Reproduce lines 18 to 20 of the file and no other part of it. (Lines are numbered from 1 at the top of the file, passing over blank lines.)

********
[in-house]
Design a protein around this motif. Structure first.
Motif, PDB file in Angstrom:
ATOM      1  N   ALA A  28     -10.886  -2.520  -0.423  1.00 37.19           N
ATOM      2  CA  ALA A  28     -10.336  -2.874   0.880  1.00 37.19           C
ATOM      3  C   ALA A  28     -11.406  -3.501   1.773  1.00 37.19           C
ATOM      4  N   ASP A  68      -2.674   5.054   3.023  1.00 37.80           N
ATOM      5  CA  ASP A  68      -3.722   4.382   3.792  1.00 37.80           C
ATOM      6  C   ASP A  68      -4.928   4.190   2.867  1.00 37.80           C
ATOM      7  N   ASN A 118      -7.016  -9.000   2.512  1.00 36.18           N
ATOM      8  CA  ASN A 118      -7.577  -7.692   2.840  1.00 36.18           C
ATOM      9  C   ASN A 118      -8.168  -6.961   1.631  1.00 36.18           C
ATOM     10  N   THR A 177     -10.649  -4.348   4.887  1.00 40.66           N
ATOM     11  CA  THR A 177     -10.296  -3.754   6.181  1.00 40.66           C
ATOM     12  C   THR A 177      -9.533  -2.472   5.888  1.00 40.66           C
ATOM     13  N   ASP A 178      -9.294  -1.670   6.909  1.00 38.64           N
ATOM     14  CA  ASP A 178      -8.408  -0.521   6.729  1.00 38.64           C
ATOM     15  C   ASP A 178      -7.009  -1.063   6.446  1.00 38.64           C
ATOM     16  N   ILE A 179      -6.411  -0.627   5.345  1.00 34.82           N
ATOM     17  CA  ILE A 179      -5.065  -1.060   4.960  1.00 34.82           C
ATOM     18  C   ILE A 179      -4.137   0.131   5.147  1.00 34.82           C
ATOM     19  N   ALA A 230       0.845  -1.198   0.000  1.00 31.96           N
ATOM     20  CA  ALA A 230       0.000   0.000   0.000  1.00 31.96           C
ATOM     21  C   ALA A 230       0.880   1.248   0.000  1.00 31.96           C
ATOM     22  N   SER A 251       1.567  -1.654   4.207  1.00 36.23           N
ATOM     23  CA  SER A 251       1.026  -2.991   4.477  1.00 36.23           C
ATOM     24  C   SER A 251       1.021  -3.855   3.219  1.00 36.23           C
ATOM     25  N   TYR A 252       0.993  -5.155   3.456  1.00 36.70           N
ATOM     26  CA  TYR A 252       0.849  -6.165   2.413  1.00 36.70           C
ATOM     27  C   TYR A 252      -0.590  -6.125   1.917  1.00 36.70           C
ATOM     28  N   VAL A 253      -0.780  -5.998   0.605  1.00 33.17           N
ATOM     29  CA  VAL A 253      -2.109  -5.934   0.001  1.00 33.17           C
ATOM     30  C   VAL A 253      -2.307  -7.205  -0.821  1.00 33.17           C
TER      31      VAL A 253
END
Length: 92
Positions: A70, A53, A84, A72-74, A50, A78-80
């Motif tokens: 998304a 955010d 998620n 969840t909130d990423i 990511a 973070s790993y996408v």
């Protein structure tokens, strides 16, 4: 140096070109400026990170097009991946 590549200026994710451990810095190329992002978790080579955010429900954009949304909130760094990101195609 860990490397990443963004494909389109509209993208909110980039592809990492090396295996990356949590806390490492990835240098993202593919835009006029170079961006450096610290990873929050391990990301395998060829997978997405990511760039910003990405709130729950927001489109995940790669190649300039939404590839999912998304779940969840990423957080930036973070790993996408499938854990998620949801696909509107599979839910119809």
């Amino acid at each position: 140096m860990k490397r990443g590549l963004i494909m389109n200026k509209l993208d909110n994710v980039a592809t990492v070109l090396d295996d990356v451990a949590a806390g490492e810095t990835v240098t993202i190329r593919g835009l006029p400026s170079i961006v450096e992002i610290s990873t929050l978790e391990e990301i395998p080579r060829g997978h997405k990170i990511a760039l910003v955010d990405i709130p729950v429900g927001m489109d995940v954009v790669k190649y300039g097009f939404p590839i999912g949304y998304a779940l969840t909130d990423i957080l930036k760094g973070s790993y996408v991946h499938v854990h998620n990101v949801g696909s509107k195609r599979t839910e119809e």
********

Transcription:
ATOM     15  C   ASP A 178      -7.009  -1.063   6.446  1.00 38.64           C
ATOM     16  N   ILE A 179      -6.411  -0.627   5.345  1.00 34.82           N
ATOM     17  CA  ILE A 179      -5.065  -1.060   4.960  1.00 34.82           C